How many nasty habits have you picked up that will sabotage training and leave you or your clients injury prone and underachieving? You probably are not even aware of these habits, but after reading through these you’ll notice that you or your clients may have some work to do.

Bad habits impede progress. Breaking bad habits is hard. Recognizing them and nipping them in the bud is the only way you’ll get back on track toward results. Are you undermining your own exercise program? Do your habits impede on the progress of your clients too? Take notice of these for the benefit of yourself and your clients.

Before training

Psyching up for your workout includes getting your head into the gym before your body actually arrives. This doesn’t require an out-of-body experience, just a little forethought. It means thinking about things that will affect the quality of your exercise session and overall results before you lift a single weight. Do you recognize any of these bad habits?

1.) Working out on an empty stomach

It would be foolish to eat a gigantic meal immediately before your workout, and entering the gym on a completely empty stomach is just as irrational, especially if you exercise in the morning. A too-low blood-sugar level will add up to an uninspired workout due to a lack of energy, and your hunger pangs may hinder your resolve to complete your session or can lead to overeating later. To keep your body energized and ready to hit the gym at any time, eat five smaller meals spaced equally during the day. If you still need an extra boost before your workout, choose a piece of fruit or bottle of fruit juice rather than a sugar-filled soft drink or energy bar.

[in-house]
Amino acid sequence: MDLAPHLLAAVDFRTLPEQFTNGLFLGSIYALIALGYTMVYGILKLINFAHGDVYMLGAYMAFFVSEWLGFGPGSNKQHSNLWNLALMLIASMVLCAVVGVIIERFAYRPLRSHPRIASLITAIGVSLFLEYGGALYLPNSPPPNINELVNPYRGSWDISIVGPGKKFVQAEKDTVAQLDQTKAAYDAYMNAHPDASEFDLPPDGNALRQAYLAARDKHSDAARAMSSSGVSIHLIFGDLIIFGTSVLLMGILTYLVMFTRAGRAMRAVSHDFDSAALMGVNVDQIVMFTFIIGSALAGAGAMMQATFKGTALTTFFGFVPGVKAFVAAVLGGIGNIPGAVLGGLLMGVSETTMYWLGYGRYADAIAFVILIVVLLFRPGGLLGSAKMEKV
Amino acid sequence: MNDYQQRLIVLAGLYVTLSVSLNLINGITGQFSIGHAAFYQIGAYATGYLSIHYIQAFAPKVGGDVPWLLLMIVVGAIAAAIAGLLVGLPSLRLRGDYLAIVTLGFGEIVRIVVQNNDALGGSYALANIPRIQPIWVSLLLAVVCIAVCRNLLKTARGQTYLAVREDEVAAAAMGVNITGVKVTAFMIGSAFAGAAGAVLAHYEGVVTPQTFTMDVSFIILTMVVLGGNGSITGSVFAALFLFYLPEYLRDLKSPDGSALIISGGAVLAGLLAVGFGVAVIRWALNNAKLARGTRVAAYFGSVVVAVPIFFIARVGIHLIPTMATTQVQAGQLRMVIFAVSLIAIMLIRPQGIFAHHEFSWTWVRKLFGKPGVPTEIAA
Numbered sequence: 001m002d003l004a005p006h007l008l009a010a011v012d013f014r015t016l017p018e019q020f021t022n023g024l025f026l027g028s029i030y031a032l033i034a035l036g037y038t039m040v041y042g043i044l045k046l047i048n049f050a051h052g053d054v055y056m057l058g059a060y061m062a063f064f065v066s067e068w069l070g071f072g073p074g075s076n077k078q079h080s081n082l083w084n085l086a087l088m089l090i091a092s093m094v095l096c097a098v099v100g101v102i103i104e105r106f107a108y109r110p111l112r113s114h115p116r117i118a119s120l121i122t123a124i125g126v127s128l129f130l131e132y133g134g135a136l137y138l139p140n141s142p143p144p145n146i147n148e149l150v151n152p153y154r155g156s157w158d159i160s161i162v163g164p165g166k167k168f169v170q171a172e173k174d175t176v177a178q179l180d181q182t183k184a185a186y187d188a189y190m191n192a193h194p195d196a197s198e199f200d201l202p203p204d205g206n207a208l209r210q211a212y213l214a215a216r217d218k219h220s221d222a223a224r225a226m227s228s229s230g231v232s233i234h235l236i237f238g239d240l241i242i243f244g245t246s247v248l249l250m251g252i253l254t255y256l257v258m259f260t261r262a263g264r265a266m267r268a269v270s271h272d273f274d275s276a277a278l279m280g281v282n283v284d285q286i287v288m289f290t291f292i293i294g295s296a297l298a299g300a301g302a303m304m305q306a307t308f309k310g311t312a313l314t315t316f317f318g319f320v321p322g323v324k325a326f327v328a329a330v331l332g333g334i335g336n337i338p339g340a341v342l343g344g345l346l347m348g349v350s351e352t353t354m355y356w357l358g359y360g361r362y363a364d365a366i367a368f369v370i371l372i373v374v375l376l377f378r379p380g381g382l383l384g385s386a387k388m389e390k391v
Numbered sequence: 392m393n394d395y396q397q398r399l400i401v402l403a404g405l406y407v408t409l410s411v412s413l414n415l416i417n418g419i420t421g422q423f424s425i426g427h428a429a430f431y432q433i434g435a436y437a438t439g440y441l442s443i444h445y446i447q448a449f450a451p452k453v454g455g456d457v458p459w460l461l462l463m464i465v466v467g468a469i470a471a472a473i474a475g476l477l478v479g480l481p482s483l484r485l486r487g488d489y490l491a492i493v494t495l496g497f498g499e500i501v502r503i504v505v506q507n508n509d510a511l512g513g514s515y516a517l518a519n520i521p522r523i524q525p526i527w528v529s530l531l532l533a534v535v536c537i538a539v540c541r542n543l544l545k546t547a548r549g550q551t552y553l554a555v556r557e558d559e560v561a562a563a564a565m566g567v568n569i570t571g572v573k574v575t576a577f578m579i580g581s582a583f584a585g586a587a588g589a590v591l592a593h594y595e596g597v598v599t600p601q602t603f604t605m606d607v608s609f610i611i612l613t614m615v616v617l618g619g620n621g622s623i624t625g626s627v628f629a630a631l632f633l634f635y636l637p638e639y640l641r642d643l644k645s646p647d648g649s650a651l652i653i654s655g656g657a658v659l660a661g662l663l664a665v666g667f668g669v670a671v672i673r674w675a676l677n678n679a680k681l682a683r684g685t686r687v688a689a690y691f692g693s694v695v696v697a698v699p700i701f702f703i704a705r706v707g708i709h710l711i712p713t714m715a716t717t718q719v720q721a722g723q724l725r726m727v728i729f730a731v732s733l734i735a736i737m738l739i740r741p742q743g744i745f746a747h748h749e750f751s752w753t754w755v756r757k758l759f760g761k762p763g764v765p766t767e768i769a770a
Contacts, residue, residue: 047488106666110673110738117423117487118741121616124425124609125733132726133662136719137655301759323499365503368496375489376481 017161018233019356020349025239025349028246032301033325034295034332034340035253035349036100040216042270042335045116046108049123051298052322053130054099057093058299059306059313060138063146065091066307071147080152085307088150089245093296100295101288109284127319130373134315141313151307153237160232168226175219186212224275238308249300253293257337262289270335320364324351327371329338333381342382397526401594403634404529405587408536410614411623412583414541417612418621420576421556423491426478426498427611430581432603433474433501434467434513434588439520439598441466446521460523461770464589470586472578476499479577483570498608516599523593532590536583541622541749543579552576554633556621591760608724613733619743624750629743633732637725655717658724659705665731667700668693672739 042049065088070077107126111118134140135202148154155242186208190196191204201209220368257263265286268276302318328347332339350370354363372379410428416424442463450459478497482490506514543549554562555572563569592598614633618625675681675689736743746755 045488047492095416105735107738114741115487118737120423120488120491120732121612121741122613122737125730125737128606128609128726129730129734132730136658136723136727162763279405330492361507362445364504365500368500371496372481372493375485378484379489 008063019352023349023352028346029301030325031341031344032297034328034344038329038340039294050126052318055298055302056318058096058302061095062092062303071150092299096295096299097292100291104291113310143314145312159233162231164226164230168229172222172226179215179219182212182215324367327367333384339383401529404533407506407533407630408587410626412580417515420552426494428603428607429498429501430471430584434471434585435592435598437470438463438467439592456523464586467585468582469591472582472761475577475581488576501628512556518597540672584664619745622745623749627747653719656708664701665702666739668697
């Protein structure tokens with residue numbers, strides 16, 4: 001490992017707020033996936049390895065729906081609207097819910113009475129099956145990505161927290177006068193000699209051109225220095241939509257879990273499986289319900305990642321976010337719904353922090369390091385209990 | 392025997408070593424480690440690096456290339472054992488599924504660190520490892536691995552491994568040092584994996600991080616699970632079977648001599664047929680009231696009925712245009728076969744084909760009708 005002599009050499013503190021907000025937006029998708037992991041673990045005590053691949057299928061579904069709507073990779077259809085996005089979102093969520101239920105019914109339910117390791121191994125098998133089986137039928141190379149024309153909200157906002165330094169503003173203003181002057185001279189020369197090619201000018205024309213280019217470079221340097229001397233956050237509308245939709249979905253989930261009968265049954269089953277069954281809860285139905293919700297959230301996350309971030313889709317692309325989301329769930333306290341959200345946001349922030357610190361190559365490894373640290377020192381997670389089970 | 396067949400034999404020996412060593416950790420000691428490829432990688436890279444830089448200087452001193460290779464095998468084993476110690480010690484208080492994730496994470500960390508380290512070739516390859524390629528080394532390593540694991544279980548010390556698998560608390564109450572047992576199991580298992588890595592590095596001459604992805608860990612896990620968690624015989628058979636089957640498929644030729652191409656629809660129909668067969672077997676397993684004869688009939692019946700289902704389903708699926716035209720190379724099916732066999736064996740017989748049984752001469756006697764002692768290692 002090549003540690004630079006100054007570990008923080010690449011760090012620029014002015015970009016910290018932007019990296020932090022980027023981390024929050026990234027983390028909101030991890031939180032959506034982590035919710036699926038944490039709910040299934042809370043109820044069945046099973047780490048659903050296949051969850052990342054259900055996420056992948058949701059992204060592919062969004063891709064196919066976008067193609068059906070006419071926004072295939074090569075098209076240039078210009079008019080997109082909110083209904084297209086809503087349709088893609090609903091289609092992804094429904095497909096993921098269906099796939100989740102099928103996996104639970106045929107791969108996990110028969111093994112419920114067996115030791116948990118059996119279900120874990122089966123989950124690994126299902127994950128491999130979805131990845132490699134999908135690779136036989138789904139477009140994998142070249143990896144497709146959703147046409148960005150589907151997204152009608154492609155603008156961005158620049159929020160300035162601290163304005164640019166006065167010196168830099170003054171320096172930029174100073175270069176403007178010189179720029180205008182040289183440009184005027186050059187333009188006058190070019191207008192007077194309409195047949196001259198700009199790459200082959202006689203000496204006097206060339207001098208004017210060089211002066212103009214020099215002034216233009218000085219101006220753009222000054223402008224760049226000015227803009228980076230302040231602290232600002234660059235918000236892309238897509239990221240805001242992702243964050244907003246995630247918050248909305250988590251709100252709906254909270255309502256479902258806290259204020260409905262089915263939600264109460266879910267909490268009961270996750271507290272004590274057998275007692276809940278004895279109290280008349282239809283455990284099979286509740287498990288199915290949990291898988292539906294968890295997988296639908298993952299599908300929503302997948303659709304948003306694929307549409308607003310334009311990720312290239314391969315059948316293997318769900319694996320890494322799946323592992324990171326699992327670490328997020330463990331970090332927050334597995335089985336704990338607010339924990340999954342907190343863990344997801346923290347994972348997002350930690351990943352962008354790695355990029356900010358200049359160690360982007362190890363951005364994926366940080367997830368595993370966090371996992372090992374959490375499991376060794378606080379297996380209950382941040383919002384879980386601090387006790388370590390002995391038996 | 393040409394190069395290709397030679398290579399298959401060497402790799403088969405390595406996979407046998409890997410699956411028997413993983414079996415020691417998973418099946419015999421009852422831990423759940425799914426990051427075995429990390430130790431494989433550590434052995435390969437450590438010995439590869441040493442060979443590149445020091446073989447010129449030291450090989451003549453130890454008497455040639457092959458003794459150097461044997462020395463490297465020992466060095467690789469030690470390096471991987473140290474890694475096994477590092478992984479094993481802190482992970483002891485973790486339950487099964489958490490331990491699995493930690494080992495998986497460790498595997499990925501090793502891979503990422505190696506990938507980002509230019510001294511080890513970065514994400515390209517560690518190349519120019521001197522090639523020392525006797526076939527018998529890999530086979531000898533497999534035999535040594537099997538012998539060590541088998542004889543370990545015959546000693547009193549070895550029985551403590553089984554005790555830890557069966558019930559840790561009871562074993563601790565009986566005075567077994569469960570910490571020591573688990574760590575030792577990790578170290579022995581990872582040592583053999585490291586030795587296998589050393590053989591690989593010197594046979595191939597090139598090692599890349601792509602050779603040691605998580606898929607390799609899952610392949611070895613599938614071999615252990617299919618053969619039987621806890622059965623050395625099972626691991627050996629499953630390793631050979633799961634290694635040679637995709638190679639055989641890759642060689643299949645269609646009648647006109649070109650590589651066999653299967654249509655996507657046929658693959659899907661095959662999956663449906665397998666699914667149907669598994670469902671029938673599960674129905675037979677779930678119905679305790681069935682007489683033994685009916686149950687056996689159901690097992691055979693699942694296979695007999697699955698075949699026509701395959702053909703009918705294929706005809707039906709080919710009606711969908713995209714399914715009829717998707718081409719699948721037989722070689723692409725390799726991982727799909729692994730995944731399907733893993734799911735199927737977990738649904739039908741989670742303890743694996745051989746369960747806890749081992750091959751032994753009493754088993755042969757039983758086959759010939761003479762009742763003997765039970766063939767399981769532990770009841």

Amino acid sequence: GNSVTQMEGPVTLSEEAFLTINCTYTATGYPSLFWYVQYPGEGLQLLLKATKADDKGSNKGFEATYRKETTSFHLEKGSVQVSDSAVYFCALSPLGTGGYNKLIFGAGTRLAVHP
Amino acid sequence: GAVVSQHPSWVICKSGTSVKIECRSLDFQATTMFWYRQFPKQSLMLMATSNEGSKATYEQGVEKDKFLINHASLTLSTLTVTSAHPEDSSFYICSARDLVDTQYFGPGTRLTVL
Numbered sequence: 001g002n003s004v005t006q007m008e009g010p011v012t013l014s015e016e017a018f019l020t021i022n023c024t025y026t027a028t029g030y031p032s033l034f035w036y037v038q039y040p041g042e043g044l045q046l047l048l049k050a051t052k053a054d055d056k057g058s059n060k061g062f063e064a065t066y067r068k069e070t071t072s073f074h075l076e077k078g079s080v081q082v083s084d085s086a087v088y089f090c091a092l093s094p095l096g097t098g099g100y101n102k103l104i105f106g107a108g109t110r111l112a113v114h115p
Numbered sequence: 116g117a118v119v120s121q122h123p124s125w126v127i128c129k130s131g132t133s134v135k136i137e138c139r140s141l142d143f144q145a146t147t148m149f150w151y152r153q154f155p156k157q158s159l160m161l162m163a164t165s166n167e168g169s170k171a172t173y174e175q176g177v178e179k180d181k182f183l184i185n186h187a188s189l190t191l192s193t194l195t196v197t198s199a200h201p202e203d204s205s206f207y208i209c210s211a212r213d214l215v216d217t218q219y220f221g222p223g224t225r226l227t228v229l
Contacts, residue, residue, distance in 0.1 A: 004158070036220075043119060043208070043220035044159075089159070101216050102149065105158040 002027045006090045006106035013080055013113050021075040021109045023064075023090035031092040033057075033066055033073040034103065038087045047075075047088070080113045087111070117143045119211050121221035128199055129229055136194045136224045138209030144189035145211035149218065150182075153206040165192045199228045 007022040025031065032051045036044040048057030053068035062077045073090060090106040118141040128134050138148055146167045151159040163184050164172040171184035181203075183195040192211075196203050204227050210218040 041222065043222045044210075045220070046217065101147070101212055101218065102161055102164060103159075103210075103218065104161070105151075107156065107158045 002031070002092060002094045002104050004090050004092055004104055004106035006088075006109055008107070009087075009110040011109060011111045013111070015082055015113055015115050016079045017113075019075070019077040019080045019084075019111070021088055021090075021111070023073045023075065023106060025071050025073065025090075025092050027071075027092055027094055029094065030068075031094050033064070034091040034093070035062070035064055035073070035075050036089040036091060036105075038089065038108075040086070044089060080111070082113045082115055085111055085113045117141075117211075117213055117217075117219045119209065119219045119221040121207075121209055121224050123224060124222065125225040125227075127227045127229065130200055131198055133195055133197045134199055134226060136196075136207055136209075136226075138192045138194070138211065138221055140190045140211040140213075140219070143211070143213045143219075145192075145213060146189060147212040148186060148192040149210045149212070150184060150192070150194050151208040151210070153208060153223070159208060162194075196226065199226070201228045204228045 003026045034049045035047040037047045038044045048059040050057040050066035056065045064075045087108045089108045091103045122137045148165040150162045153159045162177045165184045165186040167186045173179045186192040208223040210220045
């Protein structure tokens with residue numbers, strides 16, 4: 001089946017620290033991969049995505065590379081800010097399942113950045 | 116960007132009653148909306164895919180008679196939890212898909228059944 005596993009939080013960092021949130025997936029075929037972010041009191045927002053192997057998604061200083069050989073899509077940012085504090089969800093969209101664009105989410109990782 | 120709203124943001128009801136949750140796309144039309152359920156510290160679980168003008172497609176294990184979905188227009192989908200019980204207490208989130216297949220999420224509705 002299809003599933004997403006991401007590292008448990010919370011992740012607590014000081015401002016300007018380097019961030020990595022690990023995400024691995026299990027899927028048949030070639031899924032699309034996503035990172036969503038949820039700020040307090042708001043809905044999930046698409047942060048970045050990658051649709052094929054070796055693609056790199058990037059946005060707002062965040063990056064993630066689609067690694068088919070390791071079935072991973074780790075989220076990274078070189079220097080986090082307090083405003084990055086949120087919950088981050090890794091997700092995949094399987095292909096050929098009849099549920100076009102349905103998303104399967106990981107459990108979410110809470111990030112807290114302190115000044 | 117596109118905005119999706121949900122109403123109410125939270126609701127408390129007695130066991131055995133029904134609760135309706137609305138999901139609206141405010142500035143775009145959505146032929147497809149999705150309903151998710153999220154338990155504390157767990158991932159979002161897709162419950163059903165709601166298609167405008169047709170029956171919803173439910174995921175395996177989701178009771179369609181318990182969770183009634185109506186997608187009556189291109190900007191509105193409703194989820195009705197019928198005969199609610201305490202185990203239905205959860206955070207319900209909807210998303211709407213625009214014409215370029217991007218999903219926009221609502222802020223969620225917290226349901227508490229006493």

2.) Not warming up properly

Finding the time to make it to the gym can be a workout in itself. After all, the day has only so many hours, and by the time you allow time for sleep, work and family, you barely have enough time left to exercise. But skipping a warm-up when you’re running short on time couldn’t hurt, right? Wrong! Failing to complete a proper warm-up may leave you unusually sore and possibly injured after your workout. Warming up should include at least five minutes of a cardiovascular activity such as running, walking or biking, followed by some light weight bearing movement and stretching to ease your major muscle groups into training. Stretching maintains normal range of motion in the joints and pliability of the muscles and tendons, making them more injury-resistant and producing a better overall workout.

3.) Not being mentally prepared

Getting the most out of your training has as much to do with being mentally prepared as being physically tough. Leave work, home or relationship issues behind and focus all of your attention on the task at hand. As you perform each set for whichever body part you’re working envision the abs, pecs or shoulders you’ve always wanted. Creating the image or goal in your mind is the first step to achieving it; then set goals and revise them frequently as you progress. Before you know it, your workout will be over and your day-to-day distractions will seem insignificant.

In the gym

You have made it to the gym, but you aren’t out of harm’s way yet. The following roadblocks can derail your goals and possibility cause injury even when you think you are on track.

4.) Sitting still between sets